Design Innovation Papers

Design and Proof-of-Concept Validation of a Latched Arch Active Seal

[+] Author and Article Information
Monica Toma, Jonathan Luntz, Diann Brei

Mechanical Engineering Department,  University of Michigan, 2350 Hayward Street, 2250 G.G. Brown Building, Ann Arbor, MI 48109-2125

Paul W. Alexander, Alan L. Browne, Nancy L. Johnson

General Motors Research Laboratory, MC 480 106 256, 30500 Mound Road, Warren, MI 48090-9055

J. Mech. Des 134(7), 075001 (Jun 20, 2012) (12 pages) doi:10.1115/1.4006001 History: Received January 23, 2011; Revised November 17, 2011; Published June 20, 2012; Online June 20, 2012

Seals are integral to many industries such as aerospace, marine, oilfield, and automotive. A key performance metric for seal quality is quantified by the normal force between the seal and contact surface. Many applications have conflicting requirements on the normal force depending on the operational state. For example, in panel closures, to ease engagement of the seal the normal force (closing force) should be small; whereas, to maintain a high-quality seal the normal force (sealing force) should be large. While there is an abundance of seal technologies, there still exists a need for adaptable seals that can better accommodate the conflicting demands of multiple operational states and variations in application platforms. This paper introduces an active seal which controls normal force through modification of the structure of a rubber arch seal. While there are several options for actuation, this new technology is modeled, fabricated, and experimentally validated utilizing a shape memory alloy web actuation scheme. Finite element models provide a basis for a parametric study from which design guidelines are derived. The technology and supporting models/processes are demonstrated for an automotive panel closure successfully reducing the closing force by almost 50%, while simultaneously increasing the sealing force by over 30%.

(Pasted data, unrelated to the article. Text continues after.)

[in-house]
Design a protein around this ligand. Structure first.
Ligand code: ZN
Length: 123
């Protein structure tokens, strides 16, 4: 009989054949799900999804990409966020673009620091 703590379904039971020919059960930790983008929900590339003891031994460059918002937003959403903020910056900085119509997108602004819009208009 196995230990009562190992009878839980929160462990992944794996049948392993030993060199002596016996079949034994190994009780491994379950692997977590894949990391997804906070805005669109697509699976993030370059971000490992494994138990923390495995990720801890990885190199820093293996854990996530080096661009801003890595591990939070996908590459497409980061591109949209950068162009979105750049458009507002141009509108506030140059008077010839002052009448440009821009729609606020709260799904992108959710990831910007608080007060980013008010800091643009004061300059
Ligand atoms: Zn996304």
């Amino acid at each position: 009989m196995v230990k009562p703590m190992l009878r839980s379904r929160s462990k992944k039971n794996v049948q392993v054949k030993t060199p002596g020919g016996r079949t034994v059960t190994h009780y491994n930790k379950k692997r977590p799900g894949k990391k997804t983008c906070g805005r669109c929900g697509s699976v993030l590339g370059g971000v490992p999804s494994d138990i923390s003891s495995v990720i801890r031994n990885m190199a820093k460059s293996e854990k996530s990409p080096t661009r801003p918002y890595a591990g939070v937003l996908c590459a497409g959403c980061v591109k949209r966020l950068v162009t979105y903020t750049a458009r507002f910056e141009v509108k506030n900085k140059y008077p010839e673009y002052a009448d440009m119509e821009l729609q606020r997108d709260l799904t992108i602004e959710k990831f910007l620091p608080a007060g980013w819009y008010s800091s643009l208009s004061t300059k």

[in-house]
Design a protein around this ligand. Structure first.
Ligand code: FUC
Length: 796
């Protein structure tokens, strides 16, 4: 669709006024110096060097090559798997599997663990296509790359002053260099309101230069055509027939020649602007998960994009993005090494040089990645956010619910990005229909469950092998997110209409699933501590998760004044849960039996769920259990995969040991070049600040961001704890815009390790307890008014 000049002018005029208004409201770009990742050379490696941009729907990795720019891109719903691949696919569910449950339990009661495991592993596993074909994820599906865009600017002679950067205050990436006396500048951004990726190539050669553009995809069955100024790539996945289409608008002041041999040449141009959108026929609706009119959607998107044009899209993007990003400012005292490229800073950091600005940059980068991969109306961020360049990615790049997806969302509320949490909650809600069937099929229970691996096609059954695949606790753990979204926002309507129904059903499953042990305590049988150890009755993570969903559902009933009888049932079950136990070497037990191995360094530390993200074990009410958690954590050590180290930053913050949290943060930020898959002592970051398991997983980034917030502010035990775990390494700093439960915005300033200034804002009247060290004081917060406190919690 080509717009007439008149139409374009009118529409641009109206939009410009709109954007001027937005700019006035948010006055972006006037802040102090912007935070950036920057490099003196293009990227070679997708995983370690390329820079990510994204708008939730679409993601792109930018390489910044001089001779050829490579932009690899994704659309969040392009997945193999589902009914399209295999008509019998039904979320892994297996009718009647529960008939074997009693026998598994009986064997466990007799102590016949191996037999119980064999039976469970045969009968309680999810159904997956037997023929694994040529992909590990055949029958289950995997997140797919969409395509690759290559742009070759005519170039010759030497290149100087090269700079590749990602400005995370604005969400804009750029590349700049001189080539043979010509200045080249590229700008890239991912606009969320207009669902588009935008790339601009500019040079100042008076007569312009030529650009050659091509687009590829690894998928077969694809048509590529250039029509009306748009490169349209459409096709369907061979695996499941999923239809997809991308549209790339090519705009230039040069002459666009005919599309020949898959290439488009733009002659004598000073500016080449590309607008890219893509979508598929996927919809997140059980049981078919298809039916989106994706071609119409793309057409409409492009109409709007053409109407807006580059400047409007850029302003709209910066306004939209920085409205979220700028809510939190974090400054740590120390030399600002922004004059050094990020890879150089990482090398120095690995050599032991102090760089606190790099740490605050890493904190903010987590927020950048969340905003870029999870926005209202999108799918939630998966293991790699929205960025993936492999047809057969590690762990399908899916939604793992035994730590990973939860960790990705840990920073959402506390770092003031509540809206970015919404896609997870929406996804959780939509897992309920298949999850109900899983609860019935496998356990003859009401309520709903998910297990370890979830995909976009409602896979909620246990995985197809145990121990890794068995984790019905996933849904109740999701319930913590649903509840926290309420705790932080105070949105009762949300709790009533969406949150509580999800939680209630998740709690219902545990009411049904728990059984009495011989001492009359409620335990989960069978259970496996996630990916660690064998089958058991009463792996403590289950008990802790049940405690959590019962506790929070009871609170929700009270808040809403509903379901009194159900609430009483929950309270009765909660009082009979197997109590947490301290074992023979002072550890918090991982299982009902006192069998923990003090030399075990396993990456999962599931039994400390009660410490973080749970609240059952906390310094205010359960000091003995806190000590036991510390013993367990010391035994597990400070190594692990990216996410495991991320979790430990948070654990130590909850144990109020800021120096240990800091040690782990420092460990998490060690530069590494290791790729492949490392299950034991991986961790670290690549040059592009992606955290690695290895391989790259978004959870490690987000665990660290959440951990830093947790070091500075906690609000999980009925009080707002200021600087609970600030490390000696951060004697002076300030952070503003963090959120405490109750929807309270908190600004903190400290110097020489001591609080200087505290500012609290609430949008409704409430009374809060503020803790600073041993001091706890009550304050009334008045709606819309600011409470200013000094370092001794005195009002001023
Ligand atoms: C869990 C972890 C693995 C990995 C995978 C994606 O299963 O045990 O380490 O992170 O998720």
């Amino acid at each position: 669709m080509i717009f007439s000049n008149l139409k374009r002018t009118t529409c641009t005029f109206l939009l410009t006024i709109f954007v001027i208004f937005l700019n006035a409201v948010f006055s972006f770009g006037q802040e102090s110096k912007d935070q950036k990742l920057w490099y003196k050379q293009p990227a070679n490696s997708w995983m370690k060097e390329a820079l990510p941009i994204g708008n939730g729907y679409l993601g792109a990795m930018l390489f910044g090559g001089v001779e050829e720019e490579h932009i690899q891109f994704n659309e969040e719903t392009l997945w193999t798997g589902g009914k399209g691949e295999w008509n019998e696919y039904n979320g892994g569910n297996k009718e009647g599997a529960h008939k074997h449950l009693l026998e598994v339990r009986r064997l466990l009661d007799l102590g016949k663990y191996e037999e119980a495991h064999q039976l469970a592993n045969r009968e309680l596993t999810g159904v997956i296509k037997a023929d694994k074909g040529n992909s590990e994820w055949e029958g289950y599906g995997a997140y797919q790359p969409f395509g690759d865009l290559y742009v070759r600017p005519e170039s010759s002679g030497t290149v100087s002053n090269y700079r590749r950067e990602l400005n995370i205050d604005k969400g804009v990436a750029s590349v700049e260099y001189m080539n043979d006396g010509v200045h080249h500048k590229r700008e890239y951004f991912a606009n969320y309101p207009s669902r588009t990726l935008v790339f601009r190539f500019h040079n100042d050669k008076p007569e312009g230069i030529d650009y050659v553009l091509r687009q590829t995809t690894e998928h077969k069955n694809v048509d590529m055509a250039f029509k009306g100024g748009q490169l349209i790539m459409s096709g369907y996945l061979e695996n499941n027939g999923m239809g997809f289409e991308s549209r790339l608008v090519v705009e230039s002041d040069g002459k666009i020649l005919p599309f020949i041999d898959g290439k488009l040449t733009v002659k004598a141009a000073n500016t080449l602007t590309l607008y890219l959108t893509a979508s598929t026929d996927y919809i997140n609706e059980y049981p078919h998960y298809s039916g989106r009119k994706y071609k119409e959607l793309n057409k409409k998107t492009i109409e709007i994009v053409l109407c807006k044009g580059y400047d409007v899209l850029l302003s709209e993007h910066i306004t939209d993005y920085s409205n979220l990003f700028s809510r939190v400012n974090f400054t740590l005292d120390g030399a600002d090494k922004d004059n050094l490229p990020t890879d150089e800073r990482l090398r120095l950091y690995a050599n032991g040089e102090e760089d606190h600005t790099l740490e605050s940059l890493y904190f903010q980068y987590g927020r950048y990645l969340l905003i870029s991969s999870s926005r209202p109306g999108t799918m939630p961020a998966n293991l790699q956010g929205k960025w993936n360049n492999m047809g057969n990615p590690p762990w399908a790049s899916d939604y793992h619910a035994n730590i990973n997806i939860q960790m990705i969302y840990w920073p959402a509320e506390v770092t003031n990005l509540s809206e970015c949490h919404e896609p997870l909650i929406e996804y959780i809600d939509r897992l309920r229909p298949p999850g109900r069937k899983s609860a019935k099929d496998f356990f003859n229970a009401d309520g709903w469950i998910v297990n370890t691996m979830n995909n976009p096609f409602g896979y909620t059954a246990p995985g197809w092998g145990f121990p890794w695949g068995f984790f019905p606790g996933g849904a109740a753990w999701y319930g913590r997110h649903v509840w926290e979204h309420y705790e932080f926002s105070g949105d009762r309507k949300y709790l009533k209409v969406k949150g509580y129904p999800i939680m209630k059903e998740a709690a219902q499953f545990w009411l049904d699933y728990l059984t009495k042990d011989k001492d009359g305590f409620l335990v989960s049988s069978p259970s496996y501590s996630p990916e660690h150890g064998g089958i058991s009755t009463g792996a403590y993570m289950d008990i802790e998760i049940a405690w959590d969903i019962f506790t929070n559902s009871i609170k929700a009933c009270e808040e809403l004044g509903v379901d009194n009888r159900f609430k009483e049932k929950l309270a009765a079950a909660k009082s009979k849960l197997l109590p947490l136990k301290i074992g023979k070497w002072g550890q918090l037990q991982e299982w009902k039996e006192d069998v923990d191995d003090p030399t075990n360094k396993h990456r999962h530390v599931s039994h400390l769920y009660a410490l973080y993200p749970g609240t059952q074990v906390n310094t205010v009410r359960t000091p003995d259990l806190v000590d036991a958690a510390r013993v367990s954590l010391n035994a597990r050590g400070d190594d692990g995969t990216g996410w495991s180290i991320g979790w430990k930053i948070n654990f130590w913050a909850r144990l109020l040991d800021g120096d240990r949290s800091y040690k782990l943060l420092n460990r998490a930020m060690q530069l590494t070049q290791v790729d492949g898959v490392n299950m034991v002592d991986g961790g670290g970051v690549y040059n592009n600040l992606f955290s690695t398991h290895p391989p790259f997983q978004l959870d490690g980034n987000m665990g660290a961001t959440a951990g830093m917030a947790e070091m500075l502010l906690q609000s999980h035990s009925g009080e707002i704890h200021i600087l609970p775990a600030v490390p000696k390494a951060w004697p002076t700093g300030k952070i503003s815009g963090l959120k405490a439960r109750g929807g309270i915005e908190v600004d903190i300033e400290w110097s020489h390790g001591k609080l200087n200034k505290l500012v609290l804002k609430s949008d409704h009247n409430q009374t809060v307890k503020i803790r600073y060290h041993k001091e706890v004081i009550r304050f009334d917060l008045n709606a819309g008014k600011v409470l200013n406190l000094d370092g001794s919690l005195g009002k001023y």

Copyright © 2012 by American Society of Mechanical Engineers
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Figure 1

Latched arch schematic architecture. The free end of the main arch is actuated by an SMA web architecture to change the boundary condition of the overall structure. (a) Seal assembly and (b) SMA web architecture.

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Figure 2

Latched arch functioning cycle. The unpowered SMA wire remains cool in the initial door-opened state. The closing of the door compresses the seal with the end of the arch free to slide outward providing a low closing force. Once the door is closed, the SMA is heated to pull the end of the arch inward which latches in place allowing the SMA to be cooled using no power to hold the state of high sealing force. When the door is opened, the free end of the arch passively unlatches returning the seal to its initial state.

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Figure 3

Finite element model representation. The arch is characterized by its radius R, length L, material thickness t, material Young’s modulus E, and the horizontal distance Dh the free end slides outward when the seal is compressed.

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Figure 4

Boundary conditions for the unconstrained arch. In the high sealing force configuration, both ends of the arch are clamped and fixed, while in the closing configuration, one end of the arch is free to rotate and slide outward as the seal is compressed. (a) Sealing configuration and (b) closing configuration.

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Figure 5

Experimental setup for compression measurements. A rubber arch is fixed at one end to a PVC mounting base while the free end slides along the base. A micrometer gauge controls the compression of the arch while a load cell measures the compressive force.

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Figure 6

Unconstrained arch setup. The rubber arch is clamped at its fixed-end and to a moving slider at the sliding (free) end through the use of a compression rod held in place by a series of screws. In the unconstrained state, the sliding end is completely free to slide outward.

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Figure 7

Model validation for unconstrained arch. The compressive force of the arch in both the closing and sealing configurations match well between the FE model and the experiments. The arch produces a sealing to closing force ratio of 1.8 at a full 7 mm of compression.